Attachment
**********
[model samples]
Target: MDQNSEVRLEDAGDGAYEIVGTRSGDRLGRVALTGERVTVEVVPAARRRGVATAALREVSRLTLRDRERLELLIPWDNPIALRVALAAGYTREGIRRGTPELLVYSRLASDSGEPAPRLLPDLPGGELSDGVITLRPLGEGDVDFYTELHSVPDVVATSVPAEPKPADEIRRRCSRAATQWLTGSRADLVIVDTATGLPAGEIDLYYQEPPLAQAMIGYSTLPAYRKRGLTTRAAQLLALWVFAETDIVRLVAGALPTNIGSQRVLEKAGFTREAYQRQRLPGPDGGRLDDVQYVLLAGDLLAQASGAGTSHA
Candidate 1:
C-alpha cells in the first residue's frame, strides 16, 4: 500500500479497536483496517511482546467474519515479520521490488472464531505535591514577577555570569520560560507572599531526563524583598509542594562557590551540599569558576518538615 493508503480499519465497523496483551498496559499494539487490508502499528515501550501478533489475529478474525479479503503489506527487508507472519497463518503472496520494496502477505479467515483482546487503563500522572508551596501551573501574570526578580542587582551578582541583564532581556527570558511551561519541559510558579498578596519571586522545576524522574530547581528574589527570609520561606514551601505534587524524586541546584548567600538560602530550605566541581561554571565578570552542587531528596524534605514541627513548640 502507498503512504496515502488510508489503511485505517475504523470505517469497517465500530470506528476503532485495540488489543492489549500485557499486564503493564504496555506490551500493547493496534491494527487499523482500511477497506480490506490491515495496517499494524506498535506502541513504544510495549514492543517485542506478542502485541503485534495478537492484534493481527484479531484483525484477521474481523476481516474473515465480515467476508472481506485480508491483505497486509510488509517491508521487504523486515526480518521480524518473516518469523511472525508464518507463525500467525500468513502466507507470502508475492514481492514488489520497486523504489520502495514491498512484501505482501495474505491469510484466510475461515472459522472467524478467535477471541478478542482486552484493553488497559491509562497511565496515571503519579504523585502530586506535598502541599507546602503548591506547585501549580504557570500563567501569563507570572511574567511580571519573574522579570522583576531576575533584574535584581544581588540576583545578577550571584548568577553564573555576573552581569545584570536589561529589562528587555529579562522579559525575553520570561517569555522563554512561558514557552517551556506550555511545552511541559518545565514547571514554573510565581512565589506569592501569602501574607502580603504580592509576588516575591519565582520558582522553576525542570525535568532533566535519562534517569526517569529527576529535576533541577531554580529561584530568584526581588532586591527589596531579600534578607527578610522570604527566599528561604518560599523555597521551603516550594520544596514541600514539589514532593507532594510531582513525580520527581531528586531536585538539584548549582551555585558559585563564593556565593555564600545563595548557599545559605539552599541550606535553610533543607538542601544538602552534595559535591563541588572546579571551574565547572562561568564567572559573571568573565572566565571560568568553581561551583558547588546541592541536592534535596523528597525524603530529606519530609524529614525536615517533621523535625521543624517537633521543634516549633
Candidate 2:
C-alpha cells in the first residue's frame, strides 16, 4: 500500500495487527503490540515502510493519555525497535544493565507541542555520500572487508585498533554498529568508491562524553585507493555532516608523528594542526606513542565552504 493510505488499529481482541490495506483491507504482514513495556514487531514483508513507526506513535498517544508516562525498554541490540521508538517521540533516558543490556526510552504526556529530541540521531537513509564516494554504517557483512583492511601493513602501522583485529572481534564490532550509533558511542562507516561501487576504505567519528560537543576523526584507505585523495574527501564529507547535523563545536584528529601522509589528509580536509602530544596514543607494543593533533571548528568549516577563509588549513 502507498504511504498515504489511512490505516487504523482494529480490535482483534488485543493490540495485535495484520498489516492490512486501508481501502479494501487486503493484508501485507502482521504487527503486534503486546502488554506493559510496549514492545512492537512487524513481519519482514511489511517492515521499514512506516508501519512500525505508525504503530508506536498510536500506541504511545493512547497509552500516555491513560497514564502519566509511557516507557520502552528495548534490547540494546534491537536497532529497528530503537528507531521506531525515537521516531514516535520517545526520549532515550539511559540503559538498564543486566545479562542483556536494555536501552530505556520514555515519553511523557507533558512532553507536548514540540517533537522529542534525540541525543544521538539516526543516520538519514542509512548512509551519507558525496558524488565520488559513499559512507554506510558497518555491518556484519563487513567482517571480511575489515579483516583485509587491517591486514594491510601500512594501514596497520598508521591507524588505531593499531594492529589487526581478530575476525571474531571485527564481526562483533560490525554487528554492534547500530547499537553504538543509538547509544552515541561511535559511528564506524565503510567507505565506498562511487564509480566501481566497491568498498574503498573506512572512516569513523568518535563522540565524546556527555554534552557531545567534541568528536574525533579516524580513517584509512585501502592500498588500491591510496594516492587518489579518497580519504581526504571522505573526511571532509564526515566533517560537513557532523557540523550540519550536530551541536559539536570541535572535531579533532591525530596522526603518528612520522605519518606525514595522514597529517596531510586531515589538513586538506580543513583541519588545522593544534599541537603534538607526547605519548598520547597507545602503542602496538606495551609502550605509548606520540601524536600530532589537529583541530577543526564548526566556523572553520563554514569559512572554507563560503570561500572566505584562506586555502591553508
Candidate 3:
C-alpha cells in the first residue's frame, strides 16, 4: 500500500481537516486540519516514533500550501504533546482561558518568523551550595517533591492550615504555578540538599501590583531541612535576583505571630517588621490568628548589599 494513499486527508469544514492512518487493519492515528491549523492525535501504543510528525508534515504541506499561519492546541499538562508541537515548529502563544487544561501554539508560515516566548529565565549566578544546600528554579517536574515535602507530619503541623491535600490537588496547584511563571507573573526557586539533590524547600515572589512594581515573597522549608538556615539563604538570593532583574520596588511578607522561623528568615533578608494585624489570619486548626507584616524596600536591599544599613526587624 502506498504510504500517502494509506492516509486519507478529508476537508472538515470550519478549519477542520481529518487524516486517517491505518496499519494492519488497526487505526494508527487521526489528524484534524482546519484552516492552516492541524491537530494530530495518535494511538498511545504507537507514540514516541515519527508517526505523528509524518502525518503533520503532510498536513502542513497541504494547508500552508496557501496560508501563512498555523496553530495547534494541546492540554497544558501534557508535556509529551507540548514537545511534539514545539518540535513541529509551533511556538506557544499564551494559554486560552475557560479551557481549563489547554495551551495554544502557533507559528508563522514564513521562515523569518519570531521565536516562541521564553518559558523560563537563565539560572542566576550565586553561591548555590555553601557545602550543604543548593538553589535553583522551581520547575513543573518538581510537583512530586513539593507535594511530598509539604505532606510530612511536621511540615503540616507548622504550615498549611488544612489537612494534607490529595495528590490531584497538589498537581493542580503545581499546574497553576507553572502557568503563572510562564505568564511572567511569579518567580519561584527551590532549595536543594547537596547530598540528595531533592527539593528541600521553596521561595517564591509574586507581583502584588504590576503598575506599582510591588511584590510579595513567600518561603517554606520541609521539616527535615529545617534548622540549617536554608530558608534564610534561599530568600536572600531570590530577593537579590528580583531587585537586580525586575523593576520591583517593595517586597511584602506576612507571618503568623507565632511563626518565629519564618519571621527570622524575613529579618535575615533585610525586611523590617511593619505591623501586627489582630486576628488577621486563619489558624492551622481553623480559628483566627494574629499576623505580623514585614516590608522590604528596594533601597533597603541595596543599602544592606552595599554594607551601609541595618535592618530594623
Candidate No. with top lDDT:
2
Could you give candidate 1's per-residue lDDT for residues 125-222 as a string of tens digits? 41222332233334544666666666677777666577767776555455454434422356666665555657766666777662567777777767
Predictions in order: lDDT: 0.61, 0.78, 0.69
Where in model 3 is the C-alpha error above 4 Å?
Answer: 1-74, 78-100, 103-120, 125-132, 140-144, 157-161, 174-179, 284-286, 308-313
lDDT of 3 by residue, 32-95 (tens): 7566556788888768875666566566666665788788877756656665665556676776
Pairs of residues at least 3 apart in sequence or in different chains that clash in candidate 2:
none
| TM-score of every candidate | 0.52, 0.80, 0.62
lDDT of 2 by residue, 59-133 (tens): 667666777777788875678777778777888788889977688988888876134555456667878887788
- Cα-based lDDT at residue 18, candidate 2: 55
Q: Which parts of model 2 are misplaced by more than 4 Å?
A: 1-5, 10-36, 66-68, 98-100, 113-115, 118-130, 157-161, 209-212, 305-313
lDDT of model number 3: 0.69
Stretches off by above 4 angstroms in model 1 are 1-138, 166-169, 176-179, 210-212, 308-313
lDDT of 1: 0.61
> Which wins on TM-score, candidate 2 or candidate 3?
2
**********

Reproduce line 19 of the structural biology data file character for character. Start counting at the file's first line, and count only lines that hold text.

lDDT of 2 by residue, 59-133 (tens): 667666777777788875678777778777888788889977688988888876134555456667878887788